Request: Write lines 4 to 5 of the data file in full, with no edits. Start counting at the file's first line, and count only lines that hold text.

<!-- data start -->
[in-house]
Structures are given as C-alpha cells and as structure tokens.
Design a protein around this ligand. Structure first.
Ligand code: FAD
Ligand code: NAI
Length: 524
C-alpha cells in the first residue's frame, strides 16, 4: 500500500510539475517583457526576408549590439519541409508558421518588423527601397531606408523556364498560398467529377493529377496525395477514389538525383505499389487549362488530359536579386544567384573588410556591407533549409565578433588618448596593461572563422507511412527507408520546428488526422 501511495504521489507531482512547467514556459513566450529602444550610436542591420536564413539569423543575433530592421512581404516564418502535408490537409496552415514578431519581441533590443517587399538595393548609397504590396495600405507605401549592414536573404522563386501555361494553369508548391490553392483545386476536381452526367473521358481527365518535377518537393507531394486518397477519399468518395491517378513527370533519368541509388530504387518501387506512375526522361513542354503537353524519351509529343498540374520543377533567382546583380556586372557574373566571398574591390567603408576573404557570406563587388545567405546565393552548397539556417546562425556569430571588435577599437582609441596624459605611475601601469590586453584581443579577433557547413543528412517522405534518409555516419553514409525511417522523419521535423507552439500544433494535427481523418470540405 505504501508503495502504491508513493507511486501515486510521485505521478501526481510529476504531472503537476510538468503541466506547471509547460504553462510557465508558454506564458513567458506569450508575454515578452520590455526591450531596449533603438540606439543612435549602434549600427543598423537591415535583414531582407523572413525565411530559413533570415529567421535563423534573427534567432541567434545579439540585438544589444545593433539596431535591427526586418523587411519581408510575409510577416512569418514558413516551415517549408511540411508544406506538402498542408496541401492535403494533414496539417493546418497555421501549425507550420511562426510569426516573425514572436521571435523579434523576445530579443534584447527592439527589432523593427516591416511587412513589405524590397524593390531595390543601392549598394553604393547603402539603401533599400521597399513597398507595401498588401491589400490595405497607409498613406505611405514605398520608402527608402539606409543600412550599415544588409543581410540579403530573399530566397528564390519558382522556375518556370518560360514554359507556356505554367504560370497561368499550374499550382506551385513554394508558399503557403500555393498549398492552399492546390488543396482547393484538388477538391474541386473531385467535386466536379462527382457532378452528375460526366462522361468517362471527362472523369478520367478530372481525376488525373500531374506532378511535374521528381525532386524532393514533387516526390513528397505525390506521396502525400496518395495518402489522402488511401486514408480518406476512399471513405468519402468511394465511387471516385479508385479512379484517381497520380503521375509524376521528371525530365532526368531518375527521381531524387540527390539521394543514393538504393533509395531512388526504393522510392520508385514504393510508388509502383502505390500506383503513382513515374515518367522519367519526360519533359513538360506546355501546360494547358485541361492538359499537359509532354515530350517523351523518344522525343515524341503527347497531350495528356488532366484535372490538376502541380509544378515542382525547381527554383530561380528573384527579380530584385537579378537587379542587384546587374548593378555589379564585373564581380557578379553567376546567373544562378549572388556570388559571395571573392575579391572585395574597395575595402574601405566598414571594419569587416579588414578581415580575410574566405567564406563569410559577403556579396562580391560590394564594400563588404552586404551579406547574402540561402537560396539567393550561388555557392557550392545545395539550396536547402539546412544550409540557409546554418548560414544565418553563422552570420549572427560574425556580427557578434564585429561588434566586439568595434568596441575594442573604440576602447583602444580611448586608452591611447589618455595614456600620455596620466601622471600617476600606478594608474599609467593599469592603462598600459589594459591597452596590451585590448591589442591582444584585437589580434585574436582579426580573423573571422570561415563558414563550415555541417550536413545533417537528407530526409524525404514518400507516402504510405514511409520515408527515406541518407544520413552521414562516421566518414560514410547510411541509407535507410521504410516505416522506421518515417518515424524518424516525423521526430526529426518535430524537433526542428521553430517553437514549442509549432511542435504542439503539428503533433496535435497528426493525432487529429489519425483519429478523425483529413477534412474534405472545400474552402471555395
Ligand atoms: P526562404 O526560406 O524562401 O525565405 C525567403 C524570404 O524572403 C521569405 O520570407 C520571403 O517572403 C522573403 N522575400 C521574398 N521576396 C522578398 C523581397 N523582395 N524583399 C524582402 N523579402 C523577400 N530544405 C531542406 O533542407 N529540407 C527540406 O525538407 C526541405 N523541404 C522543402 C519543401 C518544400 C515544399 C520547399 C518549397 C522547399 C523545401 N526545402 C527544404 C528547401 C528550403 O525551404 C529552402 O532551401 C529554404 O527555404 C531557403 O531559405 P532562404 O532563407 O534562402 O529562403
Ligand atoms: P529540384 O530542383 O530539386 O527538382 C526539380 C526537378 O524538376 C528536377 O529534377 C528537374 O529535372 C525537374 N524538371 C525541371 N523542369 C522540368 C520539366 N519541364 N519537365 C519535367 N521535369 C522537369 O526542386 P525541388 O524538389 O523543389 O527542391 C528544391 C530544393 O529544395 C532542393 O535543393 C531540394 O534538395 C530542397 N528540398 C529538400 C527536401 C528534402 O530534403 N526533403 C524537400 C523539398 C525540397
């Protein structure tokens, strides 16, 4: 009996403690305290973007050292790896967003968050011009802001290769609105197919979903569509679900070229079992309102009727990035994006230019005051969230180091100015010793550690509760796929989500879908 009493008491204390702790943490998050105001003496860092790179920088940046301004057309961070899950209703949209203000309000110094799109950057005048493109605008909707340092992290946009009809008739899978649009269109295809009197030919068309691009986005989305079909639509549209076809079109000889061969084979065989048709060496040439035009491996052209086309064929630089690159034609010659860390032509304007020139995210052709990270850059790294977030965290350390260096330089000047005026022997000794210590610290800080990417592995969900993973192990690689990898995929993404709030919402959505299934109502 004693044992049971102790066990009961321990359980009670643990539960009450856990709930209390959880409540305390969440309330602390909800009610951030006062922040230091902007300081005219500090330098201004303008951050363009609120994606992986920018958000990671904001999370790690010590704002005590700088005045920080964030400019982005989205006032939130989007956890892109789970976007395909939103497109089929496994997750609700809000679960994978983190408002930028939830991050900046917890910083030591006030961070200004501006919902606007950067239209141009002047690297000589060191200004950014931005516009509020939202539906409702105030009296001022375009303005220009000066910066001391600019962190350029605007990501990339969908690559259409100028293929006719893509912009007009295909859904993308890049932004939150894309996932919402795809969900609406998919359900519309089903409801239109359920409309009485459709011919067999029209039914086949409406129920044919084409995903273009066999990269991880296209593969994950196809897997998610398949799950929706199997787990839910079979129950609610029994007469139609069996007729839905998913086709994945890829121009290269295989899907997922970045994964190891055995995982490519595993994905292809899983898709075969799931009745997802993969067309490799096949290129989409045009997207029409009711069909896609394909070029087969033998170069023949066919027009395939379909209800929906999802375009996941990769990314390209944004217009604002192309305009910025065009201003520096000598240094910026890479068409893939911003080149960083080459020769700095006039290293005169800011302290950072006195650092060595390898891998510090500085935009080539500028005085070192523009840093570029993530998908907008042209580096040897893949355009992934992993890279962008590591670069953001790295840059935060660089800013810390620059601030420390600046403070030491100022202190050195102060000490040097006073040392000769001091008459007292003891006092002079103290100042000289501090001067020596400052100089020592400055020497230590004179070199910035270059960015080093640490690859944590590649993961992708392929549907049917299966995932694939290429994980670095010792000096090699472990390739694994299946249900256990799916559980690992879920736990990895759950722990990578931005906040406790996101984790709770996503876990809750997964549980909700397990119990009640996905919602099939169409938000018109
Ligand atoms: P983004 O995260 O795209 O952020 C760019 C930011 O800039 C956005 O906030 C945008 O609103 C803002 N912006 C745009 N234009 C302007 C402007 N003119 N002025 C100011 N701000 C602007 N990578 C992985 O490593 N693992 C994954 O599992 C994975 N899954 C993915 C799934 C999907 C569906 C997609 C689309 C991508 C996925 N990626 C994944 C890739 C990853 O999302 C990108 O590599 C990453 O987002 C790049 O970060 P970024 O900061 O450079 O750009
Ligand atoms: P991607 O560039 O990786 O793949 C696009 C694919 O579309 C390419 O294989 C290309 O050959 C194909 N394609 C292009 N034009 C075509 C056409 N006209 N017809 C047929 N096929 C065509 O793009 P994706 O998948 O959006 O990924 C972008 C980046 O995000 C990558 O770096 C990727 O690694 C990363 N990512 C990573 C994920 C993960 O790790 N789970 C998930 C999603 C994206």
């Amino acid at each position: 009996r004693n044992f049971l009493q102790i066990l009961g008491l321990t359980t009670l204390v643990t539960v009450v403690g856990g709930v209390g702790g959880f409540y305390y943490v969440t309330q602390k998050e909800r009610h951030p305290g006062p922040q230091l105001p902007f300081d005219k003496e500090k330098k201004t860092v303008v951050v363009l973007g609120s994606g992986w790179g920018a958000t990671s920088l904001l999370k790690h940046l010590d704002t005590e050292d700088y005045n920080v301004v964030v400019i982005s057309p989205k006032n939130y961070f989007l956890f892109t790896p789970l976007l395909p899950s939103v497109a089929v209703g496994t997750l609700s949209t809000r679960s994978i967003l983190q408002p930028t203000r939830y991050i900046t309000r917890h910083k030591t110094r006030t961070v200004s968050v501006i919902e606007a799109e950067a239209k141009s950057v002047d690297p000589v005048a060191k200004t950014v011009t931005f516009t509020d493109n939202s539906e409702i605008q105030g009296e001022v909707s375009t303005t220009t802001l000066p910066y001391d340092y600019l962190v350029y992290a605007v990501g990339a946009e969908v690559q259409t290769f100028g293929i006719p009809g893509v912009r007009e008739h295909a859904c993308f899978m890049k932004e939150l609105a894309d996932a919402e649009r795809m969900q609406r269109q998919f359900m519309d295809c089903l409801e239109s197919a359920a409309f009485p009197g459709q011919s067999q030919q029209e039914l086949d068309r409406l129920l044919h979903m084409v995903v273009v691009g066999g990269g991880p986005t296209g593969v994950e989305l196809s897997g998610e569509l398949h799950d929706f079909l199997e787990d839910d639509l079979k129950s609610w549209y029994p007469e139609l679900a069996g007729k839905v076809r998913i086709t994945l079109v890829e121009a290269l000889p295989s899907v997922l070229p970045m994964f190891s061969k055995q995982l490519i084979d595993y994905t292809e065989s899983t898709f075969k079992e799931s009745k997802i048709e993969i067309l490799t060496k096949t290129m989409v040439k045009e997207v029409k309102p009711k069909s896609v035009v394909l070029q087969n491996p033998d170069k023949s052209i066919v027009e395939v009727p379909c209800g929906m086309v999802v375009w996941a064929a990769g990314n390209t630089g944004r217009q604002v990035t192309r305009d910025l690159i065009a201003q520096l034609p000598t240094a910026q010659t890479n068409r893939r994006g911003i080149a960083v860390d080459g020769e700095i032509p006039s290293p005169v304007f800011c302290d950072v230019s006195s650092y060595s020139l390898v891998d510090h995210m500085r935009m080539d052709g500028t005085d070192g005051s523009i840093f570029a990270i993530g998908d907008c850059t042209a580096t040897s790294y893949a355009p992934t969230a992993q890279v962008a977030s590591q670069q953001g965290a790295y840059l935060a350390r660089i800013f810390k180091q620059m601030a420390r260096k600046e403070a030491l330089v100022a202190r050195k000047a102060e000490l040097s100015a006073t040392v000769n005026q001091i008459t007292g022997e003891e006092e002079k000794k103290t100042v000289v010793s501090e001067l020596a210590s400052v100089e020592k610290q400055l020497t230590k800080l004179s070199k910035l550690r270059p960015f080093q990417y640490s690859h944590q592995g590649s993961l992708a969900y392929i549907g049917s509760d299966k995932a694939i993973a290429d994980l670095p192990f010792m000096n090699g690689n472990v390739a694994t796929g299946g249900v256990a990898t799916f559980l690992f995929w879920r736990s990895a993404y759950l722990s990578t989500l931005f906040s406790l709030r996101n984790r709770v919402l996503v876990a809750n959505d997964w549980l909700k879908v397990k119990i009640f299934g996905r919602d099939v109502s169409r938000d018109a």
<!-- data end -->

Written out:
Ligand code: FAD
Ligand code: NAI